Everyone knows the story of George Washington chopping down the cherry tree. Most of the things we remember easiest come in the form of stories. On April 2, Global Connections held a workshop featuring Jenifer Sarver, a recent candidate for U.S. Congressional District 21 and Principal at Sarver Strategies. The workshop focused on the idea of telling narratives to create a personal brand. For students interested in speaking about their endeavors, especially political ones, learning to tell stories is a valuable skill to have. Even for those intimidating first interviews for the post-graduation dream job, communicating clearly is an absolute must.
During the workshop, Sarver spent time helping students craft their stories for potential messages students could someday share with the world with a special focus on politically driven issues as per the theme of women in politics this year. “Stories are how we remember things, they ground our experiences, and they are ways in which we can tell other people about things that matter to us,” Sarver said.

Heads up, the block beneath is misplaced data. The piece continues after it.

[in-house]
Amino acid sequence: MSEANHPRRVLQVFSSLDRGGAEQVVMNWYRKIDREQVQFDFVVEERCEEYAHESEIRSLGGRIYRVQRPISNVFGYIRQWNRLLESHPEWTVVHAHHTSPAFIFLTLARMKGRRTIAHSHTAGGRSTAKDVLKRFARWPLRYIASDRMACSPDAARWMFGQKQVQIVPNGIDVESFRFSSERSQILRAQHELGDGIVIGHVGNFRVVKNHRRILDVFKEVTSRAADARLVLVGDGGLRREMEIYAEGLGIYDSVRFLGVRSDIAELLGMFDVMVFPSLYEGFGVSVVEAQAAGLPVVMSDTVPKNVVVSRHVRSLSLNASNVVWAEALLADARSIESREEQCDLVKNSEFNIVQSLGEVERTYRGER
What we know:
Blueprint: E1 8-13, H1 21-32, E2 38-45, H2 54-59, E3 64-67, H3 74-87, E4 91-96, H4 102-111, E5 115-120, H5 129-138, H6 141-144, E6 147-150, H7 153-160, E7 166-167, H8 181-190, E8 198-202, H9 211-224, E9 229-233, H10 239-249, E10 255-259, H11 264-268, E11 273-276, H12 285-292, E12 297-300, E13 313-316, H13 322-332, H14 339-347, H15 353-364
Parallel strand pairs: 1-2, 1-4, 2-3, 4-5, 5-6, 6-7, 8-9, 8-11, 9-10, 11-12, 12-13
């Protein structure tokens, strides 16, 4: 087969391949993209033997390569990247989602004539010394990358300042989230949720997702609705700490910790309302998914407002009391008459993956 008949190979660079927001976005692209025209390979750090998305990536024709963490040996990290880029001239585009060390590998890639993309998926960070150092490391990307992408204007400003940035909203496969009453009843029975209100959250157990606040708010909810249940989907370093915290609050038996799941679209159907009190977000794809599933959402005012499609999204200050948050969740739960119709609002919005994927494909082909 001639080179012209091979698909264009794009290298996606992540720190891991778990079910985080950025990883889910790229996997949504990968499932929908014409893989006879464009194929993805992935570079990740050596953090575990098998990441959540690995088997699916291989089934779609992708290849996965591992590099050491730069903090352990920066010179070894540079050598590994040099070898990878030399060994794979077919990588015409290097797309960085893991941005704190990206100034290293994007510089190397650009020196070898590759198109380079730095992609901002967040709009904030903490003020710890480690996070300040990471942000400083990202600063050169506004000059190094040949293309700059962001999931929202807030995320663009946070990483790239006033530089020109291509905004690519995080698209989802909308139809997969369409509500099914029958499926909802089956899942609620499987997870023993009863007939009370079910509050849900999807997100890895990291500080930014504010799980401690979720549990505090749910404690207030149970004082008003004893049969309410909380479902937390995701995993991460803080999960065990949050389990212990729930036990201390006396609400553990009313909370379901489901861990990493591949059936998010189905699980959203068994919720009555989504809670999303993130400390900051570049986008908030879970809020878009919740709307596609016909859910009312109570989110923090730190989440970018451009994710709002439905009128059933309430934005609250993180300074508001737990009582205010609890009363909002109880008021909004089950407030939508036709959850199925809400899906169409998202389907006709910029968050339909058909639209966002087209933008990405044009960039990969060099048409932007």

She guided the audience through some basic narrative structures, beginning with the 5 C’s of Communication which are clarity, conviction, compassion, consistency, and credibility. Sarver expanded upon each point and asked audience members to watch her own style as an example of using stories to explain things. For the consistency point, she made the audience laugh as they watched a clip of Bill Clinton saying the same phrase within one speech no less than 22 times to reiterate her point that sometimes repetition is simply the best way to make a message stick.
After the 5 C’s, she moved on to explaining the Fundamentals of Effective Communication as a three-legged stool. Each leg stands for one important component: audience, message, and messenger. She noted here that where most people go wrong is not putting the audience first. “If you can ask the rhetorical question, ‘What keeps them up at night?’ and then answer that need, you are putting your audience first,” Sarver said. But it’s really about drawing in the attention, and using storytelling is the best way to go, according to Sarver. She explained, “Stories are important because that’s how we convey meaning. It’s also a universal language.” It makes sense that we learn how to weave in our arguments through a narrative arc because the human brain is physically wired to best receive messages in this way. After all, we know George Washington to be an honest guy from the story we have all heard about his confession. Tell people who you are through your story.